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Light-Intensity Aerobic Dance a Win for Older Adults

Researchers find benefits after one session.

Older adults practicing aerobic dance

If you want to help your older adult clients move more, promote fun activities like easy aerobic dance classes, and share that even one session is proven to improve cognitive function. Researchers in Japan compared the benefits of 10-minute intermittent aerobic dance exercise with continuous dance exercise and found that both forms of exercise improved cognitive function, but exercise enjoyment and pleasant mood levels were higher with the intermittent dance program.

Study authors recommend implementing more intermittent dance exercise programs because they may have higher adherence rates (since participants found them more enjoyable). Study limitations include lack of a resting control group and the small sample size.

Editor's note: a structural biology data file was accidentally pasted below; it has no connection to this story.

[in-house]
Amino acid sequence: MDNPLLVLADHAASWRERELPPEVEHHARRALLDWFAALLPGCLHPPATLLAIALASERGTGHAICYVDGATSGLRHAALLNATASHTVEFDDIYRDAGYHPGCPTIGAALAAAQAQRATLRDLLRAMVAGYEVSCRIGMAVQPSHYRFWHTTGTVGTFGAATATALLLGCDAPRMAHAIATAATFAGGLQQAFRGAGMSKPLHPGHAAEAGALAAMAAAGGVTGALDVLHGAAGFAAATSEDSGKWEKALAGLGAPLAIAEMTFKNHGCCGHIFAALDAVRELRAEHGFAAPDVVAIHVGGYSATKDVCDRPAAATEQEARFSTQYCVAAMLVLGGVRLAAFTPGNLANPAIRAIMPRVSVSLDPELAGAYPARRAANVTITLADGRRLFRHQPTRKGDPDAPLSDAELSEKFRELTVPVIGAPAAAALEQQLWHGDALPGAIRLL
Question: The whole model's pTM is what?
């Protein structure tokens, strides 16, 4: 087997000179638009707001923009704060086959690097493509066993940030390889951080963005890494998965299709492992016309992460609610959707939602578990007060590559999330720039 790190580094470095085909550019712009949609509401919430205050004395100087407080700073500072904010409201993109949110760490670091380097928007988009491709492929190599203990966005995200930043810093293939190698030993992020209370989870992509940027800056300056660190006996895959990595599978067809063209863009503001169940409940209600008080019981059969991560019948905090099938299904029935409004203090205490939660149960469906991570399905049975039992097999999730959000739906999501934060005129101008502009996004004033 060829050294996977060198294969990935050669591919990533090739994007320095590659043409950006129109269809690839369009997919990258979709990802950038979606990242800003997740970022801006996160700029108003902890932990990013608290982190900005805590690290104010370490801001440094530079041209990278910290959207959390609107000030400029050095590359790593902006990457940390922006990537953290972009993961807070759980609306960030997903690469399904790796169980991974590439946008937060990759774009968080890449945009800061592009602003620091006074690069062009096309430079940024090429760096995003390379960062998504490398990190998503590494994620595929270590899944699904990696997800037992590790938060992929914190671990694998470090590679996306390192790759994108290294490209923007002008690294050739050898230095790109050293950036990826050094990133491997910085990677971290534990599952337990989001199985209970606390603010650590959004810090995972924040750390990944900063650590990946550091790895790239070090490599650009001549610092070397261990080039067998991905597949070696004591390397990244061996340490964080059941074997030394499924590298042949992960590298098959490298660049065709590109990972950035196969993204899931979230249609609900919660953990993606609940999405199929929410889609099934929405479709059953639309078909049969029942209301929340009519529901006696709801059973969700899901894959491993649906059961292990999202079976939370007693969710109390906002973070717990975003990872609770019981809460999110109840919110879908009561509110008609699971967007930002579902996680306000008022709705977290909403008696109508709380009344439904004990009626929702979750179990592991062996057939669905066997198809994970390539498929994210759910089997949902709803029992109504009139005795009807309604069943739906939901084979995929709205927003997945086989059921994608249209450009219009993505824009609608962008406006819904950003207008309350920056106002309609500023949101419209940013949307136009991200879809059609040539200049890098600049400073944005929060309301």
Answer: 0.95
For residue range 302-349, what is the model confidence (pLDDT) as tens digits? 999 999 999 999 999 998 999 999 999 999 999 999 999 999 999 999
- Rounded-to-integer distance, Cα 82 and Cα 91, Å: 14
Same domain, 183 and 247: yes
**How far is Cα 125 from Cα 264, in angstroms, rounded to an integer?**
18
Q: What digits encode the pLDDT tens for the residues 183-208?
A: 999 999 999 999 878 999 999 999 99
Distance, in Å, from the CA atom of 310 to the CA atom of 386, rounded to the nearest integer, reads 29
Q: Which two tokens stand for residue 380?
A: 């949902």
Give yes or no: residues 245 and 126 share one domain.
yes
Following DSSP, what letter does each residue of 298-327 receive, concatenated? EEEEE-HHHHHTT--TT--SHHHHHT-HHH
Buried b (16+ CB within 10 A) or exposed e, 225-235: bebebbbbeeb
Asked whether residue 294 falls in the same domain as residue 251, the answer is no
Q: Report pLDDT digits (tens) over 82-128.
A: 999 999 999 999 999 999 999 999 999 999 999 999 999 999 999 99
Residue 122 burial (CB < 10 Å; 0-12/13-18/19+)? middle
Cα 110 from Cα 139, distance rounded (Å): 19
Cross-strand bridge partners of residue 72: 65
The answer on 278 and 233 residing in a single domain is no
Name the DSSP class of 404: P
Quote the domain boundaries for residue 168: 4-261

The study is published in Frontiers in Aging Neuroscience (2021; 13 [723243]).

See also: Dance Benefits Older Adults

Shirley Eichenberger-Archer, JD, MA

Shirley Archer, JD, MA, is an internationally acknowledged integrative health and mindfulness specialist, best-selling author of 16 fitness and wellness books translated into multiple languages and sold worldwide, award-winning health journalist, contributing editor to Fitness Journal, media spokesperson, and IDEA's 2008 Fitness Instructor of the Year. She's a 25-year industry veteran and former health and fitness educator at the Stanford Prevention Research Center, who has served on multiple industry committees and co-authored trade books and manuals for ACE, ACSM and YMCA of the USA. She has appeared on TV worldwide and was a featured trainer on America's Next Top Model.

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